Blue Lake and Yellowstone!

Yello, everyone!

I’ve arrived in northern Wyoming with some friends in preparation for Monday’s total solar eclipse, and to make the most of the day before, we’re off to check out America’s very first national park, born on March 1, 1872: Yellowstone!

Yellowstone sits in the crater of a giant supervolcano that last erupted 640,000 years ago! It’s a super-seismic area full of hot spots and hot springs that we can only hope will not erupt again in our lifetimes. Echoes of its fiery fury can be found in the names of springs like the Black Dragon’s Cauldron, a mudpot that exploded to life in 1948 but has since moved 200 feet southeast and settled its roaring! Will it come back to life? Time will tell!

Yellowstone is not all chaos though. It is full of vast forests, sprawling meadows, and deep canyons, like the Grand Canyon of the Yellowstone, viewable from Artist Point! This spot is the quintessential vacation photo spot, but did you know it’s misnamed?

Artist Point is named for Thomas Moran, who painted the Lower Yellowstone Falls in 1872 to motivate Congress to make this a national park. The only thing is, he painted the falls from the opposite side of the canyon! The other thing about this spot is that, while the canyon’s deep stone walls are indeed yellow from iron oxide, the yellow stone that named the river that named the park is a few hundred miles northeast in Montana!

Unfortunately, it was already mid afternoon by the time we left Artist Point, one of the perils of traveling with late risers, so we only had time for one more art exhibit before our 5:30 appointment at Yellowstone Lake! Yellowstone is huge! The caldera loop alone is over 90 miles around and covers maybe a ninth of the park! So we barely had time to stop and listen to the Artists’ Paintpots go bloop, bloop, bloop! These mudpots were formed by sulfuric acid rising from below and turning the rhyolite rock into mud! There isn’t as much water here as in the springs below, so the rising gases push their way through the mud, forming bubbles that pop with a very satisfying bloop!

From there, we had to hustle south to make our appointment on time. We were scheduled to meet Peter and Brian with Geyser Kayak Tours for a 5:30 sunset paddle on Yellowstone Lake. Though I was a little sad that we weren’t going to get more time to visit Yellowstone’s famous geysers, I felt better looking out on the glassy smooth water where we would soon be paddling.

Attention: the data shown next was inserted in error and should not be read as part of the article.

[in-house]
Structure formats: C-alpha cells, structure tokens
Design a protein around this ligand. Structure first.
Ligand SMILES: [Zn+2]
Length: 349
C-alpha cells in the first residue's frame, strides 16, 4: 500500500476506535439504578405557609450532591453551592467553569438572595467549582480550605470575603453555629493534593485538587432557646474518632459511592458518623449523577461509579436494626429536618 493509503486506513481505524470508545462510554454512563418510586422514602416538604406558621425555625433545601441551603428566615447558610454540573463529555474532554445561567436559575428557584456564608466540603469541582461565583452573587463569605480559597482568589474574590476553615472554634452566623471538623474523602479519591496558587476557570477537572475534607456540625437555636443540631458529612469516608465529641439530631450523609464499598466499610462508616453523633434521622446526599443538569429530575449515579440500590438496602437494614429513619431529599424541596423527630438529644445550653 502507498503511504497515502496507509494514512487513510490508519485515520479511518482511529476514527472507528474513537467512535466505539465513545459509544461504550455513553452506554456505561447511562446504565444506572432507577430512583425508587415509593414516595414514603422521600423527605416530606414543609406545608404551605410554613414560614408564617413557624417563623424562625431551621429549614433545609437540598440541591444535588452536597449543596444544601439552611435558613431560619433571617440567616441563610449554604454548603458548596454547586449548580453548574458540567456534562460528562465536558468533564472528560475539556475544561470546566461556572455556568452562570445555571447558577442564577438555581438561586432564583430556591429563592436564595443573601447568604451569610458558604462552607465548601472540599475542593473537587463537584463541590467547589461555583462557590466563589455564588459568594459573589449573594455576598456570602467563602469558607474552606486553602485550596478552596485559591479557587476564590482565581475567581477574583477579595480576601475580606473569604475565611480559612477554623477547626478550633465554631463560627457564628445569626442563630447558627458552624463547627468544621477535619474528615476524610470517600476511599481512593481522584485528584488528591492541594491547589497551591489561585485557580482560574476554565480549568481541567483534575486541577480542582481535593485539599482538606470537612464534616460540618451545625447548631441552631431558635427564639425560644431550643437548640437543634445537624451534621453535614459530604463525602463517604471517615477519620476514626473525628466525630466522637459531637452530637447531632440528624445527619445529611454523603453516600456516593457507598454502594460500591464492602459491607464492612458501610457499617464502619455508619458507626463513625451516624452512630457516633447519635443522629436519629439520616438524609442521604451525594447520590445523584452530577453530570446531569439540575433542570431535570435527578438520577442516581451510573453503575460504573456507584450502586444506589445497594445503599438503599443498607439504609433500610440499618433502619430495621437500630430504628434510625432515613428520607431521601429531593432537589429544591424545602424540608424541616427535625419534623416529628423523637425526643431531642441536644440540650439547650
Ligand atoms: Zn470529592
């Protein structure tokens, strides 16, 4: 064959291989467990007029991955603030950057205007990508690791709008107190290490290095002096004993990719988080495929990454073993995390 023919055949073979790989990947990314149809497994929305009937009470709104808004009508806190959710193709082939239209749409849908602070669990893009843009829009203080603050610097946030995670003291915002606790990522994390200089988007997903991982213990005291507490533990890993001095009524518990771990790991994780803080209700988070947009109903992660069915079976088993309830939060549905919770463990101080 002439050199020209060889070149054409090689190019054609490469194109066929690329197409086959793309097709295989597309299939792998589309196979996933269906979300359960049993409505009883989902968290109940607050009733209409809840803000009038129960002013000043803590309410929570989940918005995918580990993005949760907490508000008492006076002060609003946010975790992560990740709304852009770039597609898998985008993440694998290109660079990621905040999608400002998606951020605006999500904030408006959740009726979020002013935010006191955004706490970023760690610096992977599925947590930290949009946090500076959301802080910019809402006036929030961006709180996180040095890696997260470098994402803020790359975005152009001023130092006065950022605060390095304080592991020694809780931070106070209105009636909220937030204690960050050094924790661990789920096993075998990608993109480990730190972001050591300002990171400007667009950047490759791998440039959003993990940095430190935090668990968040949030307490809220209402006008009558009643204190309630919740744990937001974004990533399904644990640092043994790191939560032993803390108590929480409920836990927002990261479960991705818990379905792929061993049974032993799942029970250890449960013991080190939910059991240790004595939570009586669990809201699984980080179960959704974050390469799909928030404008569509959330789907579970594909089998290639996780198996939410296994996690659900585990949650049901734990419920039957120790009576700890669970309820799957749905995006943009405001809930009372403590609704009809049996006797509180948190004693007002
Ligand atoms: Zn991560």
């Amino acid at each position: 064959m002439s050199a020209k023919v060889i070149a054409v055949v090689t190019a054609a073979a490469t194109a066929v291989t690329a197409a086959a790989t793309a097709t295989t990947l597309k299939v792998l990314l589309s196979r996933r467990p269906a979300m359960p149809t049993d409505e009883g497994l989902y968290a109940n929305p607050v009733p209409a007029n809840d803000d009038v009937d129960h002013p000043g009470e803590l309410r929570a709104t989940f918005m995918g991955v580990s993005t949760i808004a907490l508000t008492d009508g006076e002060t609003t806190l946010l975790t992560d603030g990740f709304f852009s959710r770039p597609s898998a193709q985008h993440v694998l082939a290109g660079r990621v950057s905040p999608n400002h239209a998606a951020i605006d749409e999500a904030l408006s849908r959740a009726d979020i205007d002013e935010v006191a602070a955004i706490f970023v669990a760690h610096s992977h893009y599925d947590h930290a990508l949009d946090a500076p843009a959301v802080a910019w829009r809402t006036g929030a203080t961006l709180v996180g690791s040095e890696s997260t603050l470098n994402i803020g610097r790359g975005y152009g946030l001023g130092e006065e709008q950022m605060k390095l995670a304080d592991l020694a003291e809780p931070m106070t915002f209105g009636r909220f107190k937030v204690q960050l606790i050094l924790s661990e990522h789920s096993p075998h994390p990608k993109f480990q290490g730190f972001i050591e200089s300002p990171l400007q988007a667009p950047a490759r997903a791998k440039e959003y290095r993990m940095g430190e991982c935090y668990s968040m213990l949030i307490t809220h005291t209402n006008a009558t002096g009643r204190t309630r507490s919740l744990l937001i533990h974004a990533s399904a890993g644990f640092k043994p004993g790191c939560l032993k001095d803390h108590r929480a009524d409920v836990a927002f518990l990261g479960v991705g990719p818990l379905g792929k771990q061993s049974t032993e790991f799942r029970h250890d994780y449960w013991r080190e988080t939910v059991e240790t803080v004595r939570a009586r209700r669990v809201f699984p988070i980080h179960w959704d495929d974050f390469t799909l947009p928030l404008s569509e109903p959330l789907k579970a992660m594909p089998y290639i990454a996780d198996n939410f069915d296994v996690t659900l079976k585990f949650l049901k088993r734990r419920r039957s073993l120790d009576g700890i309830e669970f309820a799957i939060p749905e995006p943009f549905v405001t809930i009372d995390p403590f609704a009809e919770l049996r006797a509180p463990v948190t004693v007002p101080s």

Our path stretched three miles along the shore to the West Thumb geyser basin, where the hot subterranean water pours into the vast lake. There must not be very many of these geysers heating the lake, because the guide warned us that anyone who fell in would freeze to death in 20 to 30 minutes!

So, with a group of about 18 assembled, we set off into the blinding sun. The temperature was perfectly cool and the paddles glided through the water like a spork through hot butter! It was like a warmer version of kayaking in Antarctica, but I was glad not to have the risk of someone splashing salt water on my camera!

Once the sun went behind the trees, I was better able to appreciate the lovely pine-lined shoreline! Though no moose, elk, or bears came down to drink, there were flocks of scaups and mergansers bobbing along, taking it easy until their next forage!

After a lovely 45-minute paddle, we arrived at the shore of West Thumb, where the steaming water from Big Cone Geyser trickled into the lake. We were encouraged to dip our hands/paws into the water to feel how warm it was, but we were also warned not to get too close or be burned! By this time, the sun was beginning to head home for the night, which cast all kinds of beautiful colors onto the water!

Then, it was time to turn back along the rocky coast, enjoying the muted blues and pinks of the setting sun on the lake surface! It was leisurely and lovely, a truly unique way to experience this amazing national park off-road!

Here are a few seconds of tranquility for you to enjoy too!


We hit shore just after sunset and hustled to grab a bite to eat at the Lake View Cafe before they closed. It’s a long drive back to Cody with an early morning coming up, so I hope the few hours of sleep we get will be sound!

Paddle on!

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